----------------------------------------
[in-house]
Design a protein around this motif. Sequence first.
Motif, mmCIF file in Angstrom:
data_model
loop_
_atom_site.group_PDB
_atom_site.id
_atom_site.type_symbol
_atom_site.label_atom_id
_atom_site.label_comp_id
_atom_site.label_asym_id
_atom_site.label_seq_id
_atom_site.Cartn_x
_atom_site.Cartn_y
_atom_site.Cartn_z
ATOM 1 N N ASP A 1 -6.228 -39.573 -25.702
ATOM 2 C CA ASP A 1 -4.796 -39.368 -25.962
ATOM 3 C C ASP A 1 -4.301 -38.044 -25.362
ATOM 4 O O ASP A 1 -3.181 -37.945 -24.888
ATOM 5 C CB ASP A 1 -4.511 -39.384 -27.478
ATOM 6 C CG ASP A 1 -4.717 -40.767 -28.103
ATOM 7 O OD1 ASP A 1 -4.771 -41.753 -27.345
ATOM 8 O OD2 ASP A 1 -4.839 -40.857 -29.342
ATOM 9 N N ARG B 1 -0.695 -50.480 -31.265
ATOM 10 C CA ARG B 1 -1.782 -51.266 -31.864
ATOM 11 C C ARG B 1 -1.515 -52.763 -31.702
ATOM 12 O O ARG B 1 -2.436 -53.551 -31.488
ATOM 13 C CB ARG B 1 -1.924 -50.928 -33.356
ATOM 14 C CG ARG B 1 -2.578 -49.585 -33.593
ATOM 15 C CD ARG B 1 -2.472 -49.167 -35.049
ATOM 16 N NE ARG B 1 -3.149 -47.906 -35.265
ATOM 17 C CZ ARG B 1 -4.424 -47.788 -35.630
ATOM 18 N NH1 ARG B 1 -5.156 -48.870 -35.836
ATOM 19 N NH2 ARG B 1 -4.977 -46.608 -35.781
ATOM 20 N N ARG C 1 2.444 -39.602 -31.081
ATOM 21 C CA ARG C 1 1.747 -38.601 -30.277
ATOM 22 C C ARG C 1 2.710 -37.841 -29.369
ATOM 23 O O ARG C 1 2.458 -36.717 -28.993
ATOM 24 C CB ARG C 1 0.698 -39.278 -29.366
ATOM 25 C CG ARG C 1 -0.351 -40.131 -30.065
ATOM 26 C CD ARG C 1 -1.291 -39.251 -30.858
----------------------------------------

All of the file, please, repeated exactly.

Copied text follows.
[in-house]
Design a protein around this motif. Sequence first.
Motif, mmCIF file in Angstrom:
data_model
loop_
_atom_site.group_PDB
_atom_site.id
_atom_site.type_symbol
_atom_site.label_atom_id
_atom_site.label_comp_id
_atom_site.label_asym_id
_atom_site.label_seq_id
_atom_site.Cartn_x
_atom_site.Cartn_y
_atom_site.Cartn_z
ATOM 1 N N ASP A 1 -6.228 -39.573 -25.702
ATOM 2 C CA ASP A 1 -4.796 -39.368 -25.962
ATOM 3 C C ASP A 1 -4.301 -38.044 -25.362
ATOM 4 O O ASP A 1 -3.181 -37.945 -24.888
ATOM 5 C CB ASP A 1 -4.511 -39.384 -27.478
ATOM 6 C CG ASP A 1 -4.717 -40.767 -28.103
ATOM 7 O OD1 ASP A 1 -4.771 -41.753 -27.345
ATOM 8 O OD2 ASP A 1 -4.839 -40.857 -29.342
ATOM 9 N N ARG B 1 -0.695 -50.480 -31.265
ATOM 10 C CA ARG B 1 -1.782 -51.266 -31.864
ATOM 11 C C ARG B 1 -1.515 -52.763 -31.702
ATOM 12 O O ARG B 1 -2.436 -53.551 -31.488
ATOM 13 C CB ARG B 1 -1.924 -50.928 -33.356
ATOM 14 C CG ARG B 1 -2.578 -49.585 -33.593
ATOM 15 C CD ARG B 1 -2.472 -49.167 -35.049
ATOM 16 N NE ARG B 1 -3.149 -47.906 -35.265
ATOM 17 C CZ ARG B 1 -4.424 -47.788 -35.630
ATOM 18 N NH1 ARG B 1 -5.156 -48.870 -35.836
ATOM 19 N NH2 ARG B 1 -4.977 -46.608 -35.781
ATOM 20 N N ARG C 1 2.444 -39.602 -31.081
ATOM 21 C CA ARG C 1 1.747 -38.601 -30.277
ATOM 22 C C ARG C 1 2.710 -37.841 -29.369
ATOM 23 O O ARG C 1 2.458 -36.717 -28.993
ATOM 24 C CB ARG C 1 0.698 -39.278 -29.366
ATOM 25 C CG ARG C 1 -0.351 -40.131 -30.065
ATOM 26 C CD ARG C 1 -1.291 -39.251 -30.858